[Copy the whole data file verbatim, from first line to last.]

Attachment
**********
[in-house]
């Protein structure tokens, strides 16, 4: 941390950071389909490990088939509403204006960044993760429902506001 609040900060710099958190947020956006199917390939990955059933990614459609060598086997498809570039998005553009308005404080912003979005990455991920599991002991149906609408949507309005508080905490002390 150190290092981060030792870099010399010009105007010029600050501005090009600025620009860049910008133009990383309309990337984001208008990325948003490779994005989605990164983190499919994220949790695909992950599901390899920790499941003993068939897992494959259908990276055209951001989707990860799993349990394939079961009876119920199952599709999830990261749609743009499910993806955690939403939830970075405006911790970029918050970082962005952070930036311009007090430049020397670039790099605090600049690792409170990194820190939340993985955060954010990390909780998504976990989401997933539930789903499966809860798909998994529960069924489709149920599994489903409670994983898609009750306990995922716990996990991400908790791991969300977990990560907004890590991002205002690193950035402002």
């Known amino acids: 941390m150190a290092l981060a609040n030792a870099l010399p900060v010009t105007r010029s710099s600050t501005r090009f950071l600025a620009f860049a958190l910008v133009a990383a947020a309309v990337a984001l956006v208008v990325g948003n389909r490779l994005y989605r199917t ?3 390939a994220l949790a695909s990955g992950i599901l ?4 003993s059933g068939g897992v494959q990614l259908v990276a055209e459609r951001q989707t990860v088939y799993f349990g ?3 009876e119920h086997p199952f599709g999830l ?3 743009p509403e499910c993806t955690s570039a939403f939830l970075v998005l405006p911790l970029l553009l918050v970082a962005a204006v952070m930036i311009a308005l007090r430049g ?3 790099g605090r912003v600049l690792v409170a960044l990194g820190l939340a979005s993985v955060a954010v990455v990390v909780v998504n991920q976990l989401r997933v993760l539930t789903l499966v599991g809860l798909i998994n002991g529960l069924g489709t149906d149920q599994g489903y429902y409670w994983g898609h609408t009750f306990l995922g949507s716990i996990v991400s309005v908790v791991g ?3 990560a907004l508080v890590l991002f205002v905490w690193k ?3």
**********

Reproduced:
[in-house]
């Protein structure tokens, strides 16, 4: 941390950071389909490990088939509403204006960044993760429902506001 609040900060710099958190947020956006199917390939990955059933990614459609060598086997498809570039998005553009308005404080912003979005990455991920599991002991149906609408949507309005508080905490002390 150190290092981060030792870099010399010009105007010029600050501005090009600025620009860049910008133009990383309309990337984001208008990325948003490779994005989605990164983190499919994220949790695909992950599901390899920790499941003993068939897992494959259908990276055209951001989707990860799993349990394939079961009876119920199952599709999830990261749609743009499910993806955690939403939830970075405006911790970029918050970082962005952070930036311009007090430049020397670039790099605090600049690792409170990194820190939340993985955060954010990390909780998504976990989401997933539930789903499966809860798909998994529960069924489709149920599994489903409670994983898609009750306990995922716990996990991400908790791991969300977990990560907004890590991002205002690193950035402002």
């Known amino acids: 941390m150190a290092l981060a609040n030792a870099l010399p900060v010009t105007r010029s710099s600050t501005r090009f950071l600025a620009f860049a958190l910008v133009a990383a947020a309309v990337a984001l956006v208008v990325g948003n389909r490779l994005y989605r199917t ?3 390939a994220l949790a695909s990955g992950i599901l ?4 003993s059933g068939g897992v494959q990614l259908v990276a055209e459609r951001q989707t990860v088939y799993f349990g ?3 009876e119920h086997p199952f599709g999830l ?3 743009p509403e499910c993806t955690s570039a939403f939830l970075v998005l405006p911790l970029l553009l918050v970082a962005a204006v952070m930036i311009a308005l007090r430049g ?3 790099g605090r912003v600049l690792v409170a960044l990194g820190l939340a979005s993985v955060a954010v990455v990390v909780v998504n991920q976990l989401r997933v993760l539930t789903l499966v599991g809860l798909i998994n002991g529960l069924g489709t149906d149920q599994g489903y429902y409670w994983g898609h609408t009750f306990l995922g949507s716990i996990v991400s309005v908790v791991g ?3 990560a907004l508080v890590l991002f205002v905490w690193k ?3």